Doug, can I get you to talk with my wife about stains? Before I'd make her a knife I got her to understand a few things, NO dishwasher for the knife!!! and it would develop a patina over time. The problem was the splotchy look as the patina starts to form from the first couple of days. With the mirror finish those spots really show up. I took the green pad, scrubbed the blade good to a nice satin finish. I think that solves her concerns. I was just wondering what finish other folks used with hi-carbon kitchen knifes. I'm thinking I'll be doing satin finish only for those.

    Thanks for comments 'n ideas,

    Ken H>

  7. #7
    Join Date
    Sep 2009
    Location
    Central LA (Larto lake)
    Posts
    1,120
    There are many ways to force a patina such as mustard, vinegar, etc. but in my opinion nothing beats the look of a natural patina which takes time. If you leave the stains, in time, they will all blend together and look more even. A naturally formed patina is also an excellent barrier to prevent rust and corrosion. Kind of like a cast iron skillet/pot, the older it gets the better it gets.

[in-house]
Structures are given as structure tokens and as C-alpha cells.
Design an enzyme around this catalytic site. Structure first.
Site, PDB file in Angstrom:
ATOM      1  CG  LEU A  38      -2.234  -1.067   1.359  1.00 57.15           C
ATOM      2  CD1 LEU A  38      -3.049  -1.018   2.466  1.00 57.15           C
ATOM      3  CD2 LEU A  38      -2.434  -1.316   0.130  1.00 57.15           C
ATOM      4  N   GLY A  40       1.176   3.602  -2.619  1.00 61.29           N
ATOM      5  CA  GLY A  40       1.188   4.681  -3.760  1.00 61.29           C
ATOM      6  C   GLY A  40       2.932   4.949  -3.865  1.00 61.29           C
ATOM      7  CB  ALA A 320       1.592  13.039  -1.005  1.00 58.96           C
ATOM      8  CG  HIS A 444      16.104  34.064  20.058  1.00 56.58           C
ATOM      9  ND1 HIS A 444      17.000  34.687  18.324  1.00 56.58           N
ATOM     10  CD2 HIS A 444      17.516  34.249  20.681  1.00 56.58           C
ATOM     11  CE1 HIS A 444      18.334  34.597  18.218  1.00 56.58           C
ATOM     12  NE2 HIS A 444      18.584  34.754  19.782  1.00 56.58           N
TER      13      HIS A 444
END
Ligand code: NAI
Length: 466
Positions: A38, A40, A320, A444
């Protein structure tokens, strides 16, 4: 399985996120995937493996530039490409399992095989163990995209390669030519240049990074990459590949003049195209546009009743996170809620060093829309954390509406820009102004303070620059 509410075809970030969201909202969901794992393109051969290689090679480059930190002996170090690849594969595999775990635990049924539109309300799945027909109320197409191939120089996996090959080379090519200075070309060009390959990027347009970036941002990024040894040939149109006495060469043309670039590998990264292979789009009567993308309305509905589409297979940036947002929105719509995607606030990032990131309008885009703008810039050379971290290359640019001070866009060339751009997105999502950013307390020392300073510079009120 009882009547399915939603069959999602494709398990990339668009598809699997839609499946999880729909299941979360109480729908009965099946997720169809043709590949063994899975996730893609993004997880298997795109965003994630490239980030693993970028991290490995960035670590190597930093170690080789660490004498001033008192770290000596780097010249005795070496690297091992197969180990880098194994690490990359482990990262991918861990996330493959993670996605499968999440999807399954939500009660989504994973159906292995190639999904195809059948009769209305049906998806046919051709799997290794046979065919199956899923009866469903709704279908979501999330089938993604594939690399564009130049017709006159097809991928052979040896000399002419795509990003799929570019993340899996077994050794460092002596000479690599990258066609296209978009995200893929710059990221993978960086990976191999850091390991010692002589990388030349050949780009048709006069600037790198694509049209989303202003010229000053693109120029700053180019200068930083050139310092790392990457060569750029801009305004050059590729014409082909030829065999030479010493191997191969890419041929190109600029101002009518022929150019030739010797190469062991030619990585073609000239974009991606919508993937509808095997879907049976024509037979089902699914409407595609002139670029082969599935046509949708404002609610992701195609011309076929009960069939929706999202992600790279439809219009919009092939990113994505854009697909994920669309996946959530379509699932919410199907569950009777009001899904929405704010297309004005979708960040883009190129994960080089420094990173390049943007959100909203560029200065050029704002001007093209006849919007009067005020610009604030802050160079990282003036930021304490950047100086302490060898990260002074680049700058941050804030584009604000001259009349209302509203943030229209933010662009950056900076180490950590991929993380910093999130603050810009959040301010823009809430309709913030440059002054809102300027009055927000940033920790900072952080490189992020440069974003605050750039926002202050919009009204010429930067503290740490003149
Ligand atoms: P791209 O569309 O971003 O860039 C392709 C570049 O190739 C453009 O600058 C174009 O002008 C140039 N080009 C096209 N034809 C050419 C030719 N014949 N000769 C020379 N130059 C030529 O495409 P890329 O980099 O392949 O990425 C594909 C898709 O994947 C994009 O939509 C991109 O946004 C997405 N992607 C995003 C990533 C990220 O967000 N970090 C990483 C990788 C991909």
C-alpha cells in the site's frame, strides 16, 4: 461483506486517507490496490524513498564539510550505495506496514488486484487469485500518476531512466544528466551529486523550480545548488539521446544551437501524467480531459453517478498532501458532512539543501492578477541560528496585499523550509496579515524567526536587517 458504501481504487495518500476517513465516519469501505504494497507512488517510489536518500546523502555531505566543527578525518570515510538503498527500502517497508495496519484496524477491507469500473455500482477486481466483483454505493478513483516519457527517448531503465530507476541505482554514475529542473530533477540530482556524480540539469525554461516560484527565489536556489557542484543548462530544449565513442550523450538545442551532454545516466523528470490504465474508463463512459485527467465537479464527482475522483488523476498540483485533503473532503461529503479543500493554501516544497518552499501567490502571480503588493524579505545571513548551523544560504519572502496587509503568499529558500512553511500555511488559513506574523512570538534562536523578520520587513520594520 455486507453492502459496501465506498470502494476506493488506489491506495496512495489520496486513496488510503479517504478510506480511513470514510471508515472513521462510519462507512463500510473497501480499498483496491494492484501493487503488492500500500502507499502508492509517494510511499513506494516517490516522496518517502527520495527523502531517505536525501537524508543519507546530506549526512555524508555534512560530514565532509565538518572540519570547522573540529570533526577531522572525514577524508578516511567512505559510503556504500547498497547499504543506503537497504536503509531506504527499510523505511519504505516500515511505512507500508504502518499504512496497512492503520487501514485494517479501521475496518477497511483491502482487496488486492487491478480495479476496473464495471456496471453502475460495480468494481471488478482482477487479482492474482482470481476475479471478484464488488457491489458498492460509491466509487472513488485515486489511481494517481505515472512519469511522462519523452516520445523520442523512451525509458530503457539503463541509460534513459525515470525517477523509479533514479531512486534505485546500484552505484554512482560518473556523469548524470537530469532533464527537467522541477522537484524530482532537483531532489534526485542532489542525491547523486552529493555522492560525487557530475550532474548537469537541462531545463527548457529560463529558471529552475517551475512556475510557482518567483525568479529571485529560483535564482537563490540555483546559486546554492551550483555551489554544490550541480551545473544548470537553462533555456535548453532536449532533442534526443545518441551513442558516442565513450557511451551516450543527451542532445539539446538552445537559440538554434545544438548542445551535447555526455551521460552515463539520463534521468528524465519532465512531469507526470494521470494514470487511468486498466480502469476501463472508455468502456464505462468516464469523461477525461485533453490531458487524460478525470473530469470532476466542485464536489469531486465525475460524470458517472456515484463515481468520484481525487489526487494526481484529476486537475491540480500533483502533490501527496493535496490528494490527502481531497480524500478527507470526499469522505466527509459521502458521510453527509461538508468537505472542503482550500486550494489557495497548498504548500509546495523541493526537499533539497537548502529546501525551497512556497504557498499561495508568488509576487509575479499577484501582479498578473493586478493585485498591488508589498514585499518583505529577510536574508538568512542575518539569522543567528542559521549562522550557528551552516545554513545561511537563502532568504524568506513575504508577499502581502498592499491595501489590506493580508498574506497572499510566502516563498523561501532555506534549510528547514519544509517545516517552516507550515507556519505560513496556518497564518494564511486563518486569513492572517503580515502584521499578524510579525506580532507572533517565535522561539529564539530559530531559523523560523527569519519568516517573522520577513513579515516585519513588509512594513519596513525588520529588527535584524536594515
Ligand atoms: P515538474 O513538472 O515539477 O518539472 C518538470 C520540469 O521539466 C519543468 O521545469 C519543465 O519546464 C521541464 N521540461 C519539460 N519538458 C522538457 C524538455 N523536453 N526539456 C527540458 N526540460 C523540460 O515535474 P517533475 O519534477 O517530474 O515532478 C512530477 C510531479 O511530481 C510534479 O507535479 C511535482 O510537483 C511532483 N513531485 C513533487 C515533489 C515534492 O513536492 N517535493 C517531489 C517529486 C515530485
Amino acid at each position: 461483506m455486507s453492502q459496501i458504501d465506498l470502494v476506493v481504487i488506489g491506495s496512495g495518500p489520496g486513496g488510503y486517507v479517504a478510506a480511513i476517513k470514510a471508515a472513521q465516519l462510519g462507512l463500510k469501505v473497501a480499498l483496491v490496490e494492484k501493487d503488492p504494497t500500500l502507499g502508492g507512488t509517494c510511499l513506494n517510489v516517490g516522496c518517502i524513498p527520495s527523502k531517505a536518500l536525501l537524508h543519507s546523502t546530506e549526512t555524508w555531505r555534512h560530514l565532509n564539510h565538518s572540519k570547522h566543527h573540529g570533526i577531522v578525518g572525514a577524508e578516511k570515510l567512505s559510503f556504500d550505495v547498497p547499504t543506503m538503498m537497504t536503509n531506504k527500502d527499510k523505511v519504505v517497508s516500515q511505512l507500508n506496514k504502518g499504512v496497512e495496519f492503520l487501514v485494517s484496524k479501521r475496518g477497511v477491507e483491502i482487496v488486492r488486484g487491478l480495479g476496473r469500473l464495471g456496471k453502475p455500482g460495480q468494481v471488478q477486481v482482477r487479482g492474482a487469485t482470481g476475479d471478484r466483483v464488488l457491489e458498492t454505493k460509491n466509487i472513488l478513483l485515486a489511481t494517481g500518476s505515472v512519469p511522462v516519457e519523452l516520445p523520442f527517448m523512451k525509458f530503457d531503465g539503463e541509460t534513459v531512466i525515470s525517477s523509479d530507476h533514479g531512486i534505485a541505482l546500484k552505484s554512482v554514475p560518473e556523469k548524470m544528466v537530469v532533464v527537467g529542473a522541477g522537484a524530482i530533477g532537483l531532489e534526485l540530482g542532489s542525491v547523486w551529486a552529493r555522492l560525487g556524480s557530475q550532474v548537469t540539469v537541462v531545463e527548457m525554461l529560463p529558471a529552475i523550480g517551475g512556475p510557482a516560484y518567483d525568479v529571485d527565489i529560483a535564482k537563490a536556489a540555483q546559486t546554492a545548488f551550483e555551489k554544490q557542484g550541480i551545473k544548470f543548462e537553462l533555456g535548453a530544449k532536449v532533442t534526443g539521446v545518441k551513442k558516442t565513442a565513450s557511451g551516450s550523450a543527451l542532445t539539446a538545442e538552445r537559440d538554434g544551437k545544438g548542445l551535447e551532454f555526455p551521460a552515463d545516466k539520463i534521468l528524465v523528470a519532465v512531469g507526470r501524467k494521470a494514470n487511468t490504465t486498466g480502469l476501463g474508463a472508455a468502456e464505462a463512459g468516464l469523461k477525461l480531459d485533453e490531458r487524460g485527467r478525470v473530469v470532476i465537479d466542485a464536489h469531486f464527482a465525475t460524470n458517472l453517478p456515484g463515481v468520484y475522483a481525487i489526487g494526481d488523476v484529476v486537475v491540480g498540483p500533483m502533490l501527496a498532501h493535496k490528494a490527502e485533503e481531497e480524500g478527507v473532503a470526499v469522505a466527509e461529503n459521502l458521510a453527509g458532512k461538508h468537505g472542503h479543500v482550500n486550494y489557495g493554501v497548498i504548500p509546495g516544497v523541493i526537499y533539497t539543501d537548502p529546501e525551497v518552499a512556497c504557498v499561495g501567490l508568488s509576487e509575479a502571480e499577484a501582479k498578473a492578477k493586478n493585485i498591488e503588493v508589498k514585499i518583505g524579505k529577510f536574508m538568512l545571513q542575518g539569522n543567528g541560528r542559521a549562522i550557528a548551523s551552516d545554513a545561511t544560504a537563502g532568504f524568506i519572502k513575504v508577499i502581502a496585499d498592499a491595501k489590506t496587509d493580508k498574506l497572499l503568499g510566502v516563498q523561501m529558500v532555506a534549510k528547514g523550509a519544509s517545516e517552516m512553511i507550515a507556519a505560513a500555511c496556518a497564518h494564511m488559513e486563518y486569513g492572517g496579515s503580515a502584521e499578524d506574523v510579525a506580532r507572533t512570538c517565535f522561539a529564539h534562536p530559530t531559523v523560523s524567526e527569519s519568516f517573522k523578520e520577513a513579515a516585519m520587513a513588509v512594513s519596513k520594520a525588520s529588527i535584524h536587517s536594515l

Darrin Sanders Custom Knives
    564 Paulk Rd.
    Jonesville, LA 71343

    318-339-8290

    darrinsanders8666@gmail.com

  8. #8
    Quote Originally Posted by Darrin Sanders View Post
    There are many ways to force a patina such as mustard, vinegar, etc. but in my opinion nothing beats the look of a natural patina which takes time. If you leave the stains, in time, they will all blend together and look more even. A naturally formed patina is also an excellent barrier to prevent rust and corrosion. Kind of like a cast iron skillet/pot, the older it gets the better it gets.